Instant Feedback – When the director yells “cut,” he/she can immediately check with the client to ensure that everything being captured meets with the client’s approval. If the individual being interviewed needs to answer in a slightly different way to clarify the context of the subject, then the client can say so. If there’s another question or two that the director didn’t think about, the client can step in and ask it. If there’s a tiny detail that shouldn’t be in the script, the client can omit it before the on-camera spokesperson continues. The video production company may take the lead in developing a concept for the project, but it’s the client that has a more in-depth knowledge of the company, the brand, the product/service, and all the little things that can make a big difference.
Video directors never need to shy away from the thought of having the client on set. The two parties compliment each other and work in tandem toward one common goal.
I understand that with almost every video production, the client and producer must strike a balance between scheduling enough time for adequate coverage while staying within budget. Although consolidating certain aspects of the production (i.e. the number of locations, the number of people appearing on camera, etc.) can help improve efficiency, taking it to an extreme can compromise the final video.
The video production companies that I know of (including ours) offer half-day (usually up to five hours) and full-day (up to 10 hours) rates. The production budget can be reduced by blocking off one half-day rather than one full day to shoot everything on the shot list, but dong so isn’t always the most prudent approach. The shot list may look rather short when reading it on paper, but in actuality can take much longer to complete.
Often when shooting corporate videos, it will become necessary to feature certain company representatives in the video. They may have a prepared script that they plan to deliver directly into camera. On paper, this looks simple: off-load the gear, set up, light, rehearse, and shoot. Let’s say you have four to six different people who must read from a prepared script, then shoot b-roll. It can be tempting to schedule a single, half-day for this shoot, but it’s important to consider a few things:
Down Time - Since the on-camera talent is not professional, but rather, actual employees of the company, there may be times when they can’t make it to the location on time. Other things might pop up at the last minute that they are forced to deal with. This means you might be set up, ready to shoot, but have to wait until the company rep is available.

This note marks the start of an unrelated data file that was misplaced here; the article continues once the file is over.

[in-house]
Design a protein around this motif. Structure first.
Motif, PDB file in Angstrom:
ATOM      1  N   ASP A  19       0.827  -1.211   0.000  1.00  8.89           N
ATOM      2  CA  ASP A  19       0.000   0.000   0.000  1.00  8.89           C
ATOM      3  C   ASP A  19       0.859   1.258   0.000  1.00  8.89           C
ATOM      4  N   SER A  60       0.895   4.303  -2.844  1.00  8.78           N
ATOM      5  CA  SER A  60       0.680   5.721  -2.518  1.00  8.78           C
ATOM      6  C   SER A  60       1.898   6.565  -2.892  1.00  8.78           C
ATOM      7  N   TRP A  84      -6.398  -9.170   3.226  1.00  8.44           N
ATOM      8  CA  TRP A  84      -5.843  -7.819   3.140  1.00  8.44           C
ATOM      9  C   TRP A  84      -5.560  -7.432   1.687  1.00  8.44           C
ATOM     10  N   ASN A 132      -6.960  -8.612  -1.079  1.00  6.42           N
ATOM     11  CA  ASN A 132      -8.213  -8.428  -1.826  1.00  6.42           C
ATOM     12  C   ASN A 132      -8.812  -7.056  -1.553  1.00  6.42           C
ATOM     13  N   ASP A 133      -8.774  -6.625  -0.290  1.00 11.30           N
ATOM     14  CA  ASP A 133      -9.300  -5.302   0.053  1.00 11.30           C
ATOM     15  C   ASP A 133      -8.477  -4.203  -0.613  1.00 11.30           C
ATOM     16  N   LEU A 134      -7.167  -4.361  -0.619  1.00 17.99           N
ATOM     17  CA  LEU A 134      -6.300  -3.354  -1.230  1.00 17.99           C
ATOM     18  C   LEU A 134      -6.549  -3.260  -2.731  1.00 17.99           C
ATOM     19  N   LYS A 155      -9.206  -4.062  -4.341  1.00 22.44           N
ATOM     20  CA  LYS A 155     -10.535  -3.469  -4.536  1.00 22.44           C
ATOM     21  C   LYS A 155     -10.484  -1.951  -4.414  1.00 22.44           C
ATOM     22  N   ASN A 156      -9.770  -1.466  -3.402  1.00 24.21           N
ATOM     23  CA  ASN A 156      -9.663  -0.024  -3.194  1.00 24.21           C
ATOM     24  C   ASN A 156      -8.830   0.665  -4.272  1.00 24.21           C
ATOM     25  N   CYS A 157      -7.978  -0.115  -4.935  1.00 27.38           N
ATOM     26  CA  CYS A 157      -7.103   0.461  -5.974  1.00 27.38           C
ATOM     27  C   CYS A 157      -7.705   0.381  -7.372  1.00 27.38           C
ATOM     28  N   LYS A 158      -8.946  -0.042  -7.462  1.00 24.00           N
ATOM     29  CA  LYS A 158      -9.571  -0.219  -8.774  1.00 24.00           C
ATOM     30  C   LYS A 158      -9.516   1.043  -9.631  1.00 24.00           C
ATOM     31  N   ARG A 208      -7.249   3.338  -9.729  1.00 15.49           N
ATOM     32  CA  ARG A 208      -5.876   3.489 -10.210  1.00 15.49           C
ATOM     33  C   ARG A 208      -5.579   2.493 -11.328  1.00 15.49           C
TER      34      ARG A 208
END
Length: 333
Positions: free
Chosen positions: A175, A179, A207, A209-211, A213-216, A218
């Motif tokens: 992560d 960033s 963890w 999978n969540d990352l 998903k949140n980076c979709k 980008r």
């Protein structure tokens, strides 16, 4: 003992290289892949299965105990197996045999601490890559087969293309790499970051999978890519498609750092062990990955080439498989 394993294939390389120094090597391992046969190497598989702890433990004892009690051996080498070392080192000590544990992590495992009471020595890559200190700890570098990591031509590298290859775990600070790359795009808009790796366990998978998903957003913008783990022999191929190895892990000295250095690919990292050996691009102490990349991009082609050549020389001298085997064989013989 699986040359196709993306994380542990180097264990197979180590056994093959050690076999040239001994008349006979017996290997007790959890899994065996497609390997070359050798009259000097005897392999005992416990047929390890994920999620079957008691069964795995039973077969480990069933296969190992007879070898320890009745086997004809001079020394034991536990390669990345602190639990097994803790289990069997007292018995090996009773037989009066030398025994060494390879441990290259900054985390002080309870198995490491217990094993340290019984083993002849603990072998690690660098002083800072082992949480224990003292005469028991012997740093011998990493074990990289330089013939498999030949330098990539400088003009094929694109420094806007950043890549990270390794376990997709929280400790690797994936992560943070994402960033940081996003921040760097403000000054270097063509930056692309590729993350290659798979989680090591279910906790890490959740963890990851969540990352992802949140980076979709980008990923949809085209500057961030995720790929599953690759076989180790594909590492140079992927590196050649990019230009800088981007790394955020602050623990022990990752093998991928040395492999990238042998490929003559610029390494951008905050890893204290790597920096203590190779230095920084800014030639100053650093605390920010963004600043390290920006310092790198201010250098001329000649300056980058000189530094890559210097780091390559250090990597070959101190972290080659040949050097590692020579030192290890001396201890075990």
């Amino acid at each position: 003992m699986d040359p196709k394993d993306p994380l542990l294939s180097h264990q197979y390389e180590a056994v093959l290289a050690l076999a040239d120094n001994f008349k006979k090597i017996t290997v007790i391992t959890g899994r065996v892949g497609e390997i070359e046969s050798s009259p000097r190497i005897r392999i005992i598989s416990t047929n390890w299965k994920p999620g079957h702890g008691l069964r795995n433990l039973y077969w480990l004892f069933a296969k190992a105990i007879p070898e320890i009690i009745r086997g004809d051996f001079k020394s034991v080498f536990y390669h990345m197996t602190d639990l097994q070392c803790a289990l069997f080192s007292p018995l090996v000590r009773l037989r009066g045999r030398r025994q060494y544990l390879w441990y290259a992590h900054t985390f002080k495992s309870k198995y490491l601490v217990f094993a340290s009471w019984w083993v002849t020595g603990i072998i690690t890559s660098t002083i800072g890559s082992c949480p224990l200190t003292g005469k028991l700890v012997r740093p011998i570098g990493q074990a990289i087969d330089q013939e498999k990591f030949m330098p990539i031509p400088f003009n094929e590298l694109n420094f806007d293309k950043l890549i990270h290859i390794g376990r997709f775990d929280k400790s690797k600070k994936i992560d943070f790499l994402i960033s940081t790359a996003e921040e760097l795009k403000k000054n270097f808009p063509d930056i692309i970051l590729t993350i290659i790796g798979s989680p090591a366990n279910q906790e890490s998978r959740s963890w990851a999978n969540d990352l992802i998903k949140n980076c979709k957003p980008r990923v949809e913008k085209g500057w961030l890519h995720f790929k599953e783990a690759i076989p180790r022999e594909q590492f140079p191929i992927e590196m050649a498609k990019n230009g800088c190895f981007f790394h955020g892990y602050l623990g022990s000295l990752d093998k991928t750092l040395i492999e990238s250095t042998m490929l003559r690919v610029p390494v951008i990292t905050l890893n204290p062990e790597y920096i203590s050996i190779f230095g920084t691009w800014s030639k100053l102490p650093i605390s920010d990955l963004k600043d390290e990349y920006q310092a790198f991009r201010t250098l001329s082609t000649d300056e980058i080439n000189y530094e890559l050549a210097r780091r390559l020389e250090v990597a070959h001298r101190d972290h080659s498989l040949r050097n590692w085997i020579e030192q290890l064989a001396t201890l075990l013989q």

Multiple Takes - Even professional actors need a few takes to get the delivery just right. This is especially true with non-professional talent. As mentioned in item #1, company employees have important day-to-day duties. It can be difficult for them to take the time to memorize the script. Don’t assume that they will have everything down before walking in front of the camera. They might need a few extra takes, and even some extra breaks if something comes up that they must tend to.
Revisions – Sometimes the words of a script may not sound as eloquent as you thought they would when the talent starts reading it aloud. Or, certain facts and/or claims within the script may be inaccurate. In either situation, rewrites will probably be necessary, and that means additional time tacked on to your shooting day.
That single, half-day can quickly be used up, leaving you precious little time to capture everything else on the shot list. And once you start rushing through production, the overall quality of the footage will suffer. It would be wise to carefully consider the above points and go ahead and budget for a full-day, even when you think you can squeeze everything into a half-day. Better to prepare for the full day rather than be faced with costly re-shoots, or a video that doesn’t live up to your standards.
Next week two new commercials for CommuteSmart will begin airing throughout central Alabama. Both spots are part of the “I’m Ready” campaign. The goal is to help viewers understand that making only small changes to the way they commute can help them save and earn money, reduce traffic congestion, and improve air quality. We were hired by CommuteSmart to produce both spots. The one below focuses on air quality issues.
Here are a few production stills from one of our recent commercial shoots. The client is PoshBirmingham.com, a soon-to-be-launched website highlighting some of the best retailers and restaurants in the Birmingham area. We produced :30, :15, and :05 spots that will start airing mid June.